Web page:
Sunday, August 10, 2014

Hammered and Nailed # 7 -- Slava, you're fired!


     This is episode #7 of "Hammered and Nailed," the 2002 horror story about home remodeling that ran in the Sun-Times.


     'Hey Slava, you're fired!" That wasn't so hard, was it? In fact it was easy. And fun. So much fun, I'd like to do it again. "Hey Slava--so long! Dos vedanya, buddy! Go find some other house for your hamhanded greenhorn pals to practice on."     
     Sure, I can do that here. But in real life? It just doesn't come out. My mouth opens to say the words, and instead"Oh yeah, great, great," tumbles out. Pathetic.
     Faithful readers might recall when last we left the bathroom project, at the end of August. Having finally girded what loins I have, I explained to Slava that the cheapie pasteboard shelves they put in were no good and they must do them again—with something called wood, wood that had been primed and painted. I even trotted over to Home Depot and bought $35 worth of fancy trim, to put under the shelves, so they wouldn't have to bother replacing the crudely sawn brackets holding up the shelves. They could hide them! Always considerate—Neil  Steinberg, the contractor's pal.
       With the shelves on their way, I was emboldened to actually christen the new bathroom. That isn't my way. My way would be to wait until it was absolutely done, finished, complete, then stock it with new towels and pristine soaps and savor some kind of sublime moment of existential joy in perfection before inaugurating the bathroom's 20-year slide into decay, filth and ruin.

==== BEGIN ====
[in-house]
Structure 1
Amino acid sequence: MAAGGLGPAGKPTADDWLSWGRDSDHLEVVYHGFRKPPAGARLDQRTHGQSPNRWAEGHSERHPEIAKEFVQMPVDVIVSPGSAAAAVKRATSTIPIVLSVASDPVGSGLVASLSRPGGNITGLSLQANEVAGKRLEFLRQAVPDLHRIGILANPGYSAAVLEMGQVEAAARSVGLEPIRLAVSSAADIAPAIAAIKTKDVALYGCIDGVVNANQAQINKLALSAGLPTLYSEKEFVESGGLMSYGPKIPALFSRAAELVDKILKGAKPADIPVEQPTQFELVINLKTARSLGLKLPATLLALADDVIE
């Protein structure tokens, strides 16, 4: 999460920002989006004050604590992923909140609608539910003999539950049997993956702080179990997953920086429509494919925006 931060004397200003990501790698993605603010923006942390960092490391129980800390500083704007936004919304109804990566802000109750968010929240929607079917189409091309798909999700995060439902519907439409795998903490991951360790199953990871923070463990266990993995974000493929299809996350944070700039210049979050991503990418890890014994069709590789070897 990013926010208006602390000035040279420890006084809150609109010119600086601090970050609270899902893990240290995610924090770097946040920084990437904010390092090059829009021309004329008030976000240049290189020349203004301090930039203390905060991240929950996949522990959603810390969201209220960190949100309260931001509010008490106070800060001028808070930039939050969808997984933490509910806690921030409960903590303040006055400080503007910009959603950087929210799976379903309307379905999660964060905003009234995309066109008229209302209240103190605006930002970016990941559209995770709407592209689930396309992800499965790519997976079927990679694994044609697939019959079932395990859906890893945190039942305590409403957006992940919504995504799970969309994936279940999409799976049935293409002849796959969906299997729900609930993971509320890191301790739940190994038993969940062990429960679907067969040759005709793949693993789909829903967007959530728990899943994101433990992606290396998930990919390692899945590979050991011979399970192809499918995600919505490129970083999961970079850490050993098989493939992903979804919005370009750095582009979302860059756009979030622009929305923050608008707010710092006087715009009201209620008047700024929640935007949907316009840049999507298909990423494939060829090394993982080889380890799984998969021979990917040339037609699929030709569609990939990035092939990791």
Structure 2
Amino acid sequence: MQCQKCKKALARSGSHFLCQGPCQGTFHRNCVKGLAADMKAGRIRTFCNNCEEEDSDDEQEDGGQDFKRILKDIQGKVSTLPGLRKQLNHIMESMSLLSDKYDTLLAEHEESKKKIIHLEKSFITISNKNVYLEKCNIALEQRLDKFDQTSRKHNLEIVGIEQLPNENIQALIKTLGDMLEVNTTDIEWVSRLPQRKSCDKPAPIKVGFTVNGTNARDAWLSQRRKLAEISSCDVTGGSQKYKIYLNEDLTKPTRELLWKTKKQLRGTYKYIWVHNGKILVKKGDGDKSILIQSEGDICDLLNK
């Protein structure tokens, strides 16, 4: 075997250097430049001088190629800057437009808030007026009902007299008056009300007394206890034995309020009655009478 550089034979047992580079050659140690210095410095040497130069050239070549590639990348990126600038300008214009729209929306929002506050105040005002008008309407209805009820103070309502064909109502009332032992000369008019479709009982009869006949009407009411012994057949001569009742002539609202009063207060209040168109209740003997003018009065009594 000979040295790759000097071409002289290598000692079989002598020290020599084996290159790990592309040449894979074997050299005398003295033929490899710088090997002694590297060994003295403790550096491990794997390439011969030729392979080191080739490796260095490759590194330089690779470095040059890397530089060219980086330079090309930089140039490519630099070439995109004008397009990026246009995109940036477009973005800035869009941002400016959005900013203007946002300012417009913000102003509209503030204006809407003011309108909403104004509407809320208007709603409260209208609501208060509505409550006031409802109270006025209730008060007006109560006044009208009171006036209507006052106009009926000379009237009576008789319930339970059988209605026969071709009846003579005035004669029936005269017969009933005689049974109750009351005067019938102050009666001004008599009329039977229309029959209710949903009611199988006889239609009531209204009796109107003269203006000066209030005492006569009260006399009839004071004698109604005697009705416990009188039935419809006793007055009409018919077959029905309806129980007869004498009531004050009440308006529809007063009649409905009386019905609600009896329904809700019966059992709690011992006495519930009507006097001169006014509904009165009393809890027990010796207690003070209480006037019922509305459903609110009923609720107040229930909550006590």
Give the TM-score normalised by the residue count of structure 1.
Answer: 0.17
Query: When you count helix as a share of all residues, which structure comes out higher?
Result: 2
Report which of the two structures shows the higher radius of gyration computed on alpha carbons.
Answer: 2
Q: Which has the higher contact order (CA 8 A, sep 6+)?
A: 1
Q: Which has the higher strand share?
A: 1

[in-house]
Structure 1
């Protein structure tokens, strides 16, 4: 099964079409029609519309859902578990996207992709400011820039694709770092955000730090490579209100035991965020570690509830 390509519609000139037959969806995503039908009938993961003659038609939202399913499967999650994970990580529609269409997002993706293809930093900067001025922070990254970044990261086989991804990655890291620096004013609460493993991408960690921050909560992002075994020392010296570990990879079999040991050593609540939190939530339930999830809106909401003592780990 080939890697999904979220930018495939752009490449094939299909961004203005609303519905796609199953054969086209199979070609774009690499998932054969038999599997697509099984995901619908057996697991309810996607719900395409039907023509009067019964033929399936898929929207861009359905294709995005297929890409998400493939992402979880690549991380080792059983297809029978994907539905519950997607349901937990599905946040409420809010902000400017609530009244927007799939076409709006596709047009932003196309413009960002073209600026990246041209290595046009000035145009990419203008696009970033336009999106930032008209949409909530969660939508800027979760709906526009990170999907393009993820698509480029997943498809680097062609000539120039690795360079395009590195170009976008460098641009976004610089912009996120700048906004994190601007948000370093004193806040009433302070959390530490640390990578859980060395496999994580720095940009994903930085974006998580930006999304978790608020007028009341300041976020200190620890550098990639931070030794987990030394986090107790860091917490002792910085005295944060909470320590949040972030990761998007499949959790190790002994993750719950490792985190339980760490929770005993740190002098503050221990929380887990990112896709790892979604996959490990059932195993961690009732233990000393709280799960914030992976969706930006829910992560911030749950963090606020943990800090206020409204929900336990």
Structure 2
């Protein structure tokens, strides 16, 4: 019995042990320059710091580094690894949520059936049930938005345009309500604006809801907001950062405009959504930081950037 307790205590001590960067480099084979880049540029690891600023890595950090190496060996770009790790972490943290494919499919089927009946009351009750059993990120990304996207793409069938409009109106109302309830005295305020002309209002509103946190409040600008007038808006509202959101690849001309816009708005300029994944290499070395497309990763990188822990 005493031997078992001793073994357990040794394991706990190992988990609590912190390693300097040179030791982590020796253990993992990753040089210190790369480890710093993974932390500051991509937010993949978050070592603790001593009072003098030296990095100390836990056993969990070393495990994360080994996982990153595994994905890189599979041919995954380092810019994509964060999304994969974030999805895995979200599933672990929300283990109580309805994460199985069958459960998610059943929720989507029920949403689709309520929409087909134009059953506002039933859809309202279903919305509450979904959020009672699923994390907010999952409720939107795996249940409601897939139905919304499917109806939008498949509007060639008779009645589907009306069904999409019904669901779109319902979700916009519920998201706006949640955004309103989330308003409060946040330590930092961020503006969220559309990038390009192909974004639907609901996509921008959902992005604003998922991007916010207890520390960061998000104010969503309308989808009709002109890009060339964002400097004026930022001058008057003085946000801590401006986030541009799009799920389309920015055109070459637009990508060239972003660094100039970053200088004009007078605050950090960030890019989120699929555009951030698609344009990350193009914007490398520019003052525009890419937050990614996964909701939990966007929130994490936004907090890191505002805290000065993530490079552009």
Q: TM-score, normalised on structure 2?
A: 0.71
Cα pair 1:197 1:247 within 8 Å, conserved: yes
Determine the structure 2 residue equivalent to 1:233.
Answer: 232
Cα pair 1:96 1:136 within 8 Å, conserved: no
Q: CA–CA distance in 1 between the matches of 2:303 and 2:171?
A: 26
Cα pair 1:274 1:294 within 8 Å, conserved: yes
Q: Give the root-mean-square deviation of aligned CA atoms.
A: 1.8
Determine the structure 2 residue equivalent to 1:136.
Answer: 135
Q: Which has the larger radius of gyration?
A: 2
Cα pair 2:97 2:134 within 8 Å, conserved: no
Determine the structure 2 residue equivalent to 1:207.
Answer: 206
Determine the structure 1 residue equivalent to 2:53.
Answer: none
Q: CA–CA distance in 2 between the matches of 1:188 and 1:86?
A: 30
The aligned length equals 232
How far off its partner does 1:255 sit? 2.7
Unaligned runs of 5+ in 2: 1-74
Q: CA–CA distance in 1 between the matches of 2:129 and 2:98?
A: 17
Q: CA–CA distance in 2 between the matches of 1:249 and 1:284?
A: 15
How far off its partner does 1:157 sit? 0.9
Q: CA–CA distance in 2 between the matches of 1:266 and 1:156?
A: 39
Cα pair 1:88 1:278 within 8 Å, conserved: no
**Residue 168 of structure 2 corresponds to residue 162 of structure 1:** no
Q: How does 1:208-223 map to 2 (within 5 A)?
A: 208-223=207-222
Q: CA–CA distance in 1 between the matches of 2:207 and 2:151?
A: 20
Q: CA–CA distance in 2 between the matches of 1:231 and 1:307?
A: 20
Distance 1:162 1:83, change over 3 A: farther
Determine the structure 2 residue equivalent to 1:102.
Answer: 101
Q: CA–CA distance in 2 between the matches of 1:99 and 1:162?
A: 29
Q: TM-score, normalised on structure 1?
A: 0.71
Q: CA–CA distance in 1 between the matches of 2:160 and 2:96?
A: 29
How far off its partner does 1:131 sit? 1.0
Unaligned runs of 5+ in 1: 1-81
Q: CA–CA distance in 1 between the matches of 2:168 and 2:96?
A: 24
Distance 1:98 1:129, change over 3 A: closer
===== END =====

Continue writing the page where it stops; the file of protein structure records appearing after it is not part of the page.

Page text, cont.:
But with new shelves coming, I was energized. I figured we're home free. Celebrate!  I bought a thick, new, white towel--somehow, taking your inaugural bath with a threadbare Big Bird beach towel doesn't quite do it.   
     Everything except the shelves looked great. I squinted, happily superimposing in my mind the rotted, ruined, broken apart, mold-ridden, creme yellow shell of a bathroom that had once been there over the sparkling, white tiled splendor. Hmmm, nice. The chrome shower curtain rings, with the little ball bearings, gave a hugely satisfying "shrick" as I pulled the white curtain aside. The shower head--one of those big, saucer-sized shower heads that dribbles down rain--was in an unexpected position: above my head. Until that shower, I had never really noticed that most shower heads are about eye height. You sort of have to do a bunny dip to wash your hair. This is a result, I assume, of the gradual shrinkage of houses, along with 71/2-foot ceilings and hollow core doors. Not here, not anymore, no sirree Bob!